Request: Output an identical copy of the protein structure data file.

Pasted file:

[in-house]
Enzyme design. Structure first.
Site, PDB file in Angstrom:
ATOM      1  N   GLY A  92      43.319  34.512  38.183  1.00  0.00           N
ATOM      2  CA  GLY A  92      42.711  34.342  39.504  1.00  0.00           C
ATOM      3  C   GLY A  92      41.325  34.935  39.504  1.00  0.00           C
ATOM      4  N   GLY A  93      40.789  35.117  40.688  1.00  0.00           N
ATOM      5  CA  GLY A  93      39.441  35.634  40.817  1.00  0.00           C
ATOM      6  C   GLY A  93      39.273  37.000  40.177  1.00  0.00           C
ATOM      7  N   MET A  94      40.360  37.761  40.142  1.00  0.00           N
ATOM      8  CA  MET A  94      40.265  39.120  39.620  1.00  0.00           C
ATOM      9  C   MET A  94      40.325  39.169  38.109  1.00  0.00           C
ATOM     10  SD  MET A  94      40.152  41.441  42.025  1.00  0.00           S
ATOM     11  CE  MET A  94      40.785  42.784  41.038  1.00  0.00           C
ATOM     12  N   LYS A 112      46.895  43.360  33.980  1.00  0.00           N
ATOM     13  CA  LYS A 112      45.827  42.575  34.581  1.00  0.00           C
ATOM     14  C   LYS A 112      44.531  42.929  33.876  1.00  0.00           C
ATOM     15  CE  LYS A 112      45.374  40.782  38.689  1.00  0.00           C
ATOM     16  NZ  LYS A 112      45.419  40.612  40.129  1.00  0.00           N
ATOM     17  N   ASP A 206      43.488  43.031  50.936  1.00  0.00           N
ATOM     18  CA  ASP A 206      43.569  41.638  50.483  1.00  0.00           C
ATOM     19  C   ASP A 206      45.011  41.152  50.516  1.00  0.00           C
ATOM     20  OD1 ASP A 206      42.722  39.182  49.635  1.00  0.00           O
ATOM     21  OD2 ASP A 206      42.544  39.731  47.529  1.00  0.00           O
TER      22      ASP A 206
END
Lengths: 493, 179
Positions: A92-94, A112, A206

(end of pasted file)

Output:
[in-house]
Enzyme design. Structure first.
Site, PDB file in Angstrom:
ATOM      1  N   GLY A  92      43.319  34.512  38.183  1.00  0.00           N
ATOM      2  CA  GLY A  92      42.711  34.342  39.504  1.00  0.00           C
ATOM      3  C   GLY A  92      41.325  34.935  39.504  1.00  0.00           C
ATOM      4  N   GLY A  93      40.789  35.117  40.688  1.00  0.00           N
ATOM      5  CA  GLY A  93      39.441  35.634  40.817  1.00  0.00           C
ATOM      6  C   GLY A  93      39.273  37.000  40.177  1.00  0.00           C
ATOM      7  N   MET A  94      40.360  37.761  40.142  1.00  0.00           N
ATOM      8  CA  MET A  94      40.265  39.120  39.620  1.00  0.00           C
ATOM      9  C   MET A  94      40.325  39.169  38.109  1.00  0.00           C
ATOM     10  SD  MET A  94      40.152  41.441  42.025  1.00  0.00           S
ATOM     11  CE  MET A  94      40.785  42.784  41.038  1.00  0.00           C
ATOM     12  N   LYS A 112      46.895  43.360  33.980  1.00  0.00           N
ATOM     13  CA  LYS A 112      45.827  42.575  34.581  1.00  0.00           C
ATOM     14  C   LYS A 112      44.531  42.929  33.876  1.00  0.00           C
ATOM     15  CE  LYS A 112      45.374  40.782  38.689  1.00  0.00           C
ATOM     16  NZ  LYS A 112      45.419  40.612  40.129  1.00  0.00           N
ATOM     17  N   ASP A 206      43.488  43.031  50.936  1.00  0.00           N
ATOM     18  CA  ASP A 206      43.569  41.638  50.483  1.00  0.00           C
ATOM     19  C   ASP A 206      45.011  41.152  50.516  1.00  0.00           C
ATOM     20  OD1 ASP A 206      42.722  39.182  49.635  1.00  0.00           O
ATOM     21  OD2 ASP A 206      42.544  39.731  47.529  1.00  0.00           O
TER      22      ASP A 206
END
Lengths: 493, 179
Positions: A92-94, A112, A206